Learn More About Lymphatic Diseases
Lymphatic Continuum (LC) refers to the continuum of diseases impacted by the lymphatic system including heart disease, AIDS, diabetes, rheumatoid arthritis, and cancer.
Lymphedema (LE) is a chronic, debilitating lymphatic disease that results in disfiguring swelling in one or more parts of the body due to a damaged lymphatic system. WHO estimates over 250 million people suffer from LE worldwide. The swelling is caused by a combination of lymph stagnation and the structural alterations in the tissues. LE can be genetic or inherited (Primary) or it can occur as a consequence of a surgical procedure, infections, radiation therapy, or other forms of physical trauma (Secondary).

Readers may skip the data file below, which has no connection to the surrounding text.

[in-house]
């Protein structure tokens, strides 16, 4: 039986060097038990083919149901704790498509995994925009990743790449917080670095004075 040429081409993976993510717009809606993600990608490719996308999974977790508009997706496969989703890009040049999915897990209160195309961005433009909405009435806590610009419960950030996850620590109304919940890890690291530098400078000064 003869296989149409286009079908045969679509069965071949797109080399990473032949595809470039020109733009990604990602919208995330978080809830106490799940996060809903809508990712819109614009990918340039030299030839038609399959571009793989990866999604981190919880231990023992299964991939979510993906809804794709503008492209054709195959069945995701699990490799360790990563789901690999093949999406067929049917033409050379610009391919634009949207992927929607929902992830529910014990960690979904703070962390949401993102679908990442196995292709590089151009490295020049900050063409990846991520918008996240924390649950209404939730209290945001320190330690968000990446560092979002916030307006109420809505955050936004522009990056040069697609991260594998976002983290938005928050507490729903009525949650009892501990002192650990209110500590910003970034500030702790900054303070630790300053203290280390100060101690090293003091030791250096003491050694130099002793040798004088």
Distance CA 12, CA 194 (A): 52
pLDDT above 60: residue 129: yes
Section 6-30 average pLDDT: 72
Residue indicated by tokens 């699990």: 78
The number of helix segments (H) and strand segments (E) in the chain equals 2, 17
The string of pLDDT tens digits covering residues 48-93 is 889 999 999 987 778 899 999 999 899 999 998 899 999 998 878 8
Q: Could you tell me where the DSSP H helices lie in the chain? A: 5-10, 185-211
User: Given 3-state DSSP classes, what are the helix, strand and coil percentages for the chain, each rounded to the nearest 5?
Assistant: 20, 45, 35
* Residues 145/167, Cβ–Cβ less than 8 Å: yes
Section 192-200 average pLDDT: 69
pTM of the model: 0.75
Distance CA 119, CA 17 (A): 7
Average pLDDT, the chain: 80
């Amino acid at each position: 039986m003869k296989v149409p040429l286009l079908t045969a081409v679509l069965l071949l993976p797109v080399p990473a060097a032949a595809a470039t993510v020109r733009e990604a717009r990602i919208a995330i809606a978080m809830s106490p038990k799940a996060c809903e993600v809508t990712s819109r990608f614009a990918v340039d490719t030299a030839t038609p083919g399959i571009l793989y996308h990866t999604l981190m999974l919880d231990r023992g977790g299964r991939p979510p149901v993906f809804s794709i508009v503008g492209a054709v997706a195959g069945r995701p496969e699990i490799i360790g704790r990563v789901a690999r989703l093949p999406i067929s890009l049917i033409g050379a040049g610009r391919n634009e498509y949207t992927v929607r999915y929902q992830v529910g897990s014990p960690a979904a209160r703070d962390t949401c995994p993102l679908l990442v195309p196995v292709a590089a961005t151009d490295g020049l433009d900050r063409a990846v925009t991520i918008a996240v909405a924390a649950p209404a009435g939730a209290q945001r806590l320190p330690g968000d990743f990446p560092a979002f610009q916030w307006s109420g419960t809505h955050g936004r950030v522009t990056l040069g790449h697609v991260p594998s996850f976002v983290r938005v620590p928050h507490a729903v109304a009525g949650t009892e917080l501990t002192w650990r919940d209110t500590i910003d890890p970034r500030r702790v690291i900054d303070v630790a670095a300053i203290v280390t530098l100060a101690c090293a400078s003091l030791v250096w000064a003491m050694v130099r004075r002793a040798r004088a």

Lymphatic Filariasis (LF) threatens 1.4 billion people in 73 countries. Commonly known as elephantiasis, 120 million are currently infected by this mosquito carrying parasitic disease. Over 40 million of those affected by LF are disfigured and incapacitated by the disease.
Lipedema (LI) is an adipose tissue disorder or a lipid metabolism disorder that affects approximately 11% of women, often in the hips and legs, but also in the upper arms. Lipedema fat is relatively unresponsive to diet and exercise. Lipedema is both an excess buildup of fat cells in a particular area, and the expansion of those fat cells.
Lymphatic Malformations (LM) are rare, non-malignant masses consisting of fluid-filled channels or spaces caused by the abnormal development of the lymphatic system. LM is usually apparent at birth or by two years of age and most commonly affects the head and neck.